“It wasn’t until I joined YCP that I realized how unhappy and lost I truly was,” said Michael Kelly, a YCP member. “I was numb, simply going through the motions with no purpose or direction. The friends I’ve met through YCP make me want to be the best possible version of myself, day in and day out. They provide the encouragement I need to grow as a disciple for Christ.”

Those who desire to participate in YCP can join any of their regional chapters in 20 major cities. These chapters host regional events, which include networking and a speaker. Members also gather for an annual conference where they are renewed in their faith and equipped to be Catholic leaders in the workforce. This past September, over 600 men and women gathered for the 2019 conference in Texas.

“We do this because we have hope,” Kanzelberger said. “We have hope because we know that even though people are lost, they are searching, and what they are searching for can be found in the Church, in the Body of Christ.”

GIVEN Institute

Archbishop Fulton Sheen is known for saying that “the history of civilization could actually be written in terms of the level of its women.” With that in mind, the GIVEN Institute is inspiring the next generation of Catholic female leaders by providing leadership training, formation and mentoring. Their purpose is to encourage women to “receive the gift that they are; realize the gifts they’ve been given; and respond with the gift that only they can give,” according to its website.

While the GIVEN Institute was only established in February 2018, the mission began two years prior with the first GIVEN Catholic Young Women’s Leadership Forum in 2016. Nearly 300 women and numerous religious sisters from across the country attended the inaugural event, which included talks by Catholic female leaders, training sessions, opportunities to recognize their gifts and strengths, and times for prayer and mentorship. This past June, 100 more women attended the 2019 GIVEN forum.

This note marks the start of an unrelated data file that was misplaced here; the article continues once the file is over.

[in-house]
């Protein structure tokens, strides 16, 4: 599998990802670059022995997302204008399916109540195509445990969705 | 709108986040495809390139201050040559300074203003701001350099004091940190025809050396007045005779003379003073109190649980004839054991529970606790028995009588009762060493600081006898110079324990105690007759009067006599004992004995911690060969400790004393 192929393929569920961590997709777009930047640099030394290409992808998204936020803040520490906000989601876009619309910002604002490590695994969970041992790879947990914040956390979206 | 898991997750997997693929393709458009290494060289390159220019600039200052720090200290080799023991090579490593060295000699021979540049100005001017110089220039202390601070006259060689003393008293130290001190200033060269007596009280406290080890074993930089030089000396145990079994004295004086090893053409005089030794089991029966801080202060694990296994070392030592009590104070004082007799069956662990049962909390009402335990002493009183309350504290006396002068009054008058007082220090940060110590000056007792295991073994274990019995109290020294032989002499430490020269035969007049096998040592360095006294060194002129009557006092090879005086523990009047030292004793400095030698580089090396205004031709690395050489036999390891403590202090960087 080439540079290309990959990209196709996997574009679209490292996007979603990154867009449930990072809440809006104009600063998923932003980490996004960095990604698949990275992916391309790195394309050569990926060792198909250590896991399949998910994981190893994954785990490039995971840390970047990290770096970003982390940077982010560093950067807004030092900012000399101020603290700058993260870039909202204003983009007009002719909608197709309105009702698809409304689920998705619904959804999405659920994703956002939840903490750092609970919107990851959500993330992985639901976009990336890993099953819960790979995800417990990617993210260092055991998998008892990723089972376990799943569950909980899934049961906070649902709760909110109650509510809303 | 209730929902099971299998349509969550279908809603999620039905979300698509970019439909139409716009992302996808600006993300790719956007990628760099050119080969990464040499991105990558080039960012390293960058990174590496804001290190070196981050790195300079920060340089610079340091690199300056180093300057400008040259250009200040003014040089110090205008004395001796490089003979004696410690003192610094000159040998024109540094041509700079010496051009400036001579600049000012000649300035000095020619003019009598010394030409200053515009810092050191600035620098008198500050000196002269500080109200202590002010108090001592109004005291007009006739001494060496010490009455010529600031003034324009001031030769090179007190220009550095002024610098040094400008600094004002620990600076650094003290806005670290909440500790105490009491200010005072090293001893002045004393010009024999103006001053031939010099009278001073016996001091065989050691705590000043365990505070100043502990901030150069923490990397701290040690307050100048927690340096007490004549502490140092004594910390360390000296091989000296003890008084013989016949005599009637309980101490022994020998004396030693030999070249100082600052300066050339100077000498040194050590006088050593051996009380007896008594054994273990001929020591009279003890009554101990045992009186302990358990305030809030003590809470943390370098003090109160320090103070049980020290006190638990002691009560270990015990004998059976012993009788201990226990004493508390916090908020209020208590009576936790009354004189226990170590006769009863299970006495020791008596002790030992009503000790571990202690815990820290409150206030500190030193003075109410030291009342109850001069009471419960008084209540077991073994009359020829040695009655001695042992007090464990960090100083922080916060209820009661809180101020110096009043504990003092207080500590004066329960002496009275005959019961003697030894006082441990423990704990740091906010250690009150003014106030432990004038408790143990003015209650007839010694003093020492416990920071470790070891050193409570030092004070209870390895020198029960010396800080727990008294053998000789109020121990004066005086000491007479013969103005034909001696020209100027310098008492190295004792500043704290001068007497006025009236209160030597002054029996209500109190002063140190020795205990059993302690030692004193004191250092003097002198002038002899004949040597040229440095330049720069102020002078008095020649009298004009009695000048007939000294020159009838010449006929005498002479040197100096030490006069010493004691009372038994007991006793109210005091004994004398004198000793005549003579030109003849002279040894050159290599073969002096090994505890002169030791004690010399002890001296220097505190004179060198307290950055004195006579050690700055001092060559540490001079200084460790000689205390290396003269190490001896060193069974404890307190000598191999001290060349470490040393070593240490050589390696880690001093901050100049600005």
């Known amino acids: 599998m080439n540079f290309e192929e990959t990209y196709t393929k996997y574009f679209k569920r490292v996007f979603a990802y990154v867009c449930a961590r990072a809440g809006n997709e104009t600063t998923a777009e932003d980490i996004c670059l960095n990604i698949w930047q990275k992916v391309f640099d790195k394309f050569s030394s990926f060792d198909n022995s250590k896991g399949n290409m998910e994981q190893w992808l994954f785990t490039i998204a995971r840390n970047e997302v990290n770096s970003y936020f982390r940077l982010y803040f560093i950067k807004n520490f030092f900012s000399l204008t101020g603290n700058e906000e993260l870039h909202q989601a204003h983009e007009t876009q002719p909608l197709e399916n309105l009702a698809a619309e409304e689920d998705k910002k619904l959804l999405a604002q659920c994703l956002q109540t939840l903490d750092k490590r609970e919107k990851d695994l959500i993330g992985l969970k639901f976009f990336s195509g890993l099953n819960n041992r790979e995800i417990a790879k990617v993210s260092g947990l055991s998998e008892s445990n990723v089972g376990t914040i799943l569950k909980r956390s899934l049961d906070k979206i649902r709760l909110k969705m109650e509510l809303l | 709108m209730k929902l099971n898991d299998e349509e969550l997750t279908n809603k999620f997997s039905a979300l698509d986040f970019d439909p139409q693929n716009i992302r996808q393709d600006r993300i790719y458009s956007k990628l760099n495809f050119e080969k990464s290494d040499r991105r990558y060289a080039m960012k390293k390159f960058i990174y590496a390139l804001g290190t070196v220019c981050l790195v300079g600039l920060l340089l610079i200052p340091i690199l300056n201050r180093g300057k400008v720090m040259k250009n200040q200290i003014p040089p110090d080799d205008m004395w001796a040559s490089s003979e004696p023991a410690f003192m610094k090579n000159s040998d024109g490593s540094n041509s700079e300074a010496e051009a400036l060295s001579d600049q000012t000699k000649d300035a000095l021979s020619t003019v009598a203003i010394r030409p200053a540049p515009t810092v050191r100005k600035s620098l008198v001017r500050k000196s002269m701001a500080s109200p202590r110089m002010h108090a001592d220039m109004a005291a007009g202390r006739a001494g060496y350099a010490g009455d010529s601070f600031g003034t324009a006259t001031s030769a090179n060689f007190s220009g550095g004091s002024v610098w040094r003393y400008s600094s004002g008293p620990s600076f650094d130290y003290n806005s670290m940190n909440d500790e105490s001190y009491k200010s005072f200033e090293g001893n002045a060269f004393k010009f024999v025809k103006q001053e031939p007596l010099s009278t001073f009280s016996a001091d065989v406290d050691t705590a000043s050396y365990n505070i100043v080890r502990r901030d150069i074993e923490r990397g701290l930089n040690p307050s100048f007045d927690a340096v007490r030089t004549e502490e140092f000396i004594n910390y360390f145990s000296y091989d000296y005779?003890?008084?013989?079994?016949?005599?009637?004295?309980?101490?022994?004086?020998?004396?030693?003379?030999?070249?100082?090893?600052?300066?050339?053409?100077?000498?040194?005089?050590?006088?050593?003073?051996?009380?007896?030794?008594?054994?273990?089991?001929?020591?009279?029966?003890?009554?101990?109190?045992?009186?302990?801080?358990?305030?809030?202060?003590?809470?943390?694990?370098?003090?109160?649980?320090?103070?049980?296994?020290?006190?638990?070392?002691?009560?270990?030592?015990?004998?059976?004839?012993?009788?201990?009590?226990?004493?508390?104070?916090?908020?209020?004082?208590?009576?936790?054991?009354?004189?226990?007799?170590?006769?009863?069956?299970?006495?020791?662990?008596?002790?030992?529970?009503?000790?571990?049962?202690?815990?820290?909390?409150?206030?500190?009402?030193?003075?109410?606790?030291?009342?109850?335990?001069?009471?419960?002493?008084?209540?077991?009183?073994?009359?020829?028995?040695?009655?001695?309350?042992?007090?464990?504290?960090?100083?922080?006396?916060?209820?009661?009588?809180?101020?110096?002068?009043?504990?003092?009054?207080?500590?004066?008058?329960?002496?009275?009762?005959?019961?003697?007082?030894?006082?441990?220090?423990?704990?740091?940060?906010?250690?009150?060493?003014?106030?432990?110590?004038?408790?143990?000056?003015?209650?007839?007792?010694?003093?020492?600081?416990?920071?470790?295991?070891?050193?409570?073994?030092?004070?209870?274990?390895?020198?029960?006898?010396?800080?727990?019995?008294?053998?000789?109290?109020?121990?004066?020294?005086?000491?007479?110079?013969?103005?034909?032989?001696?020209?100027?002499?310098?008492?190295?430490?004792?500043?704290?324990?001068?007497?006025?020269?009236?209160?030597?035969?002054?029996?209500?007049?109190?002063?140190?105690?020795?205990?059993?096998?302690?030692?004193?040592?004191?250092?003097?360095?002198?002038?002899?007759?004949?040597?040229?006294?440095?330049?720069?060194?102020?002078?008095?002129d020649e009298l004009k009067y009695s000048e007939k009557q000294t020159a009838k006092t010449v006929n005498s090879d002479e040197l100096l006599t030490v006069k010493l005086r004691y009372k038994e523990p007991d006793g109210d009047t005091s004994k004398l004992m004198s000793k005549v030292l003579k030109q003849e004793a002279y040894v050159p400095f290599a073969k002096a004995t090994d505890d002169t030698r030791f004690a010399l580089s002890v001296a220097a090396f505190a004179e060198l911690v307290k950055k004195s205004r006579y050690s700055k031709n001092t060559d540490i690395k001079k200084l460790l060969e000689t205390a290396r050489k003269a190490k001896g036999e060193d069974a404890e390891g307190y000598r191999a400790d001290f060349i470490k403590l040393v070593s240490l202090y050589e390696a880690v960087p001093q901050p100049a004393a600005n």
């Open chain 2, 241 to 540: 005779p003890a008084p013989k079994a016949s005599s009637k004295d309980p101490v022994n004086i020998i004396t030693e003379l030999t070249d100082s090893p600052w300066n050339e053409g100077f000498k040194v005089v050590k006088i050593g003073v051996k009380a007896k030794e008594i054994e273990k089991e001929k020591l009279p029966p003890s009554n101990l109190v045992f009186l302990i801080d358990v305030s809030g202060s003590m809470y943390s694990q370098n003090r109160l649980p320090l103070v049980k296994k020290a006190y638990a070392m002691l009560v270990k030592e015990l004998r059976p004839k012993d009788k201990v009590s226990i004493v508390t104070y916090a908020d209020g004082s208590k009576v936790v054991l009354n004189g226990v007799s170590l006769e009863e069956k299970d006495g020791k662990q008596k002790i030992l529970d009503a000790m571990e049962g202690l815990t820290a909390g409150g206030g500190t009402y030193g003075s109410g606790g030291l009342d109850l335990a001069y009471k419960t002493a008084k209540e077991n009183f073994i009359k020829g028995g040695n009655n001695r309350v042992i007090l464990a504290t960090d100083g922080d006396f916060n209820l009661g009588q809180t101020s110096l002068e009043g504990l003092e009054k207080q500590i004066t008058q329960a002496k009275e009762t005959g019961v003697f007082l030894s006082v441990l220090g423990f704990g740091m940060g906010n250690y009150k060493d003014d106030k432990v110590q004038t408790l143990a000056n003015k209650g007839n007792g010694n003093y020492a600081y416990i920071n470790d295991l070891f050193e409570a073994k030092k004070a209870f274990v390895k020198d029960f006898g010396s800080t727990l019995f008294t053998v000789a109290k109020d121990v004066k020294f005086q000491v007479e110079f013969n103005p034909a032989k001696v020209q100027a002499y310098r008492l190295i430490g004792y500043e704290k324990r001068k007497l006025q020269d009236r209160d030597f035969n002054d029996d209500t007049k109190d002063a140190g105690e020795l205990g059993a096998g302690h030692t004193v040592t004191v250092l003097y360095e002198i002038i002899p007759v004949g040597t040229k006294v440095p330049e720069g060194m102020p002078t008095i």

One of the most fruitful elements of GIVEN is that each woman who participates in the forum receives a mentor who then walks with them in the coming year to develop their gifts, forming an action plan of how they can be witnesses of God in their communities. Many smaller apostolates have formed from the first forum, including websites such as FemCatholic and The Catholic Woman, which publishes stories and articles that empower young women from all walks of life, and the “No Greater Love Festival” that led to the conversion of 30 Native American men and women.

“At GIVEN, we believe the next generation of Catholic women leaders is critical for the life of the Church and for building a culture of life,” said Rachel Harkins Ullmann, executive director of the GIVEN Institute. “In an age where femininity and motherhood, both spiritual and physical, is attacked and distorted, the GIVEN Institute seeks to affirm the dignity of women and activate Catholic influencers who will not only be transformed in their own lives, but also reach the ‘nones’ and those in need of the living Christ.”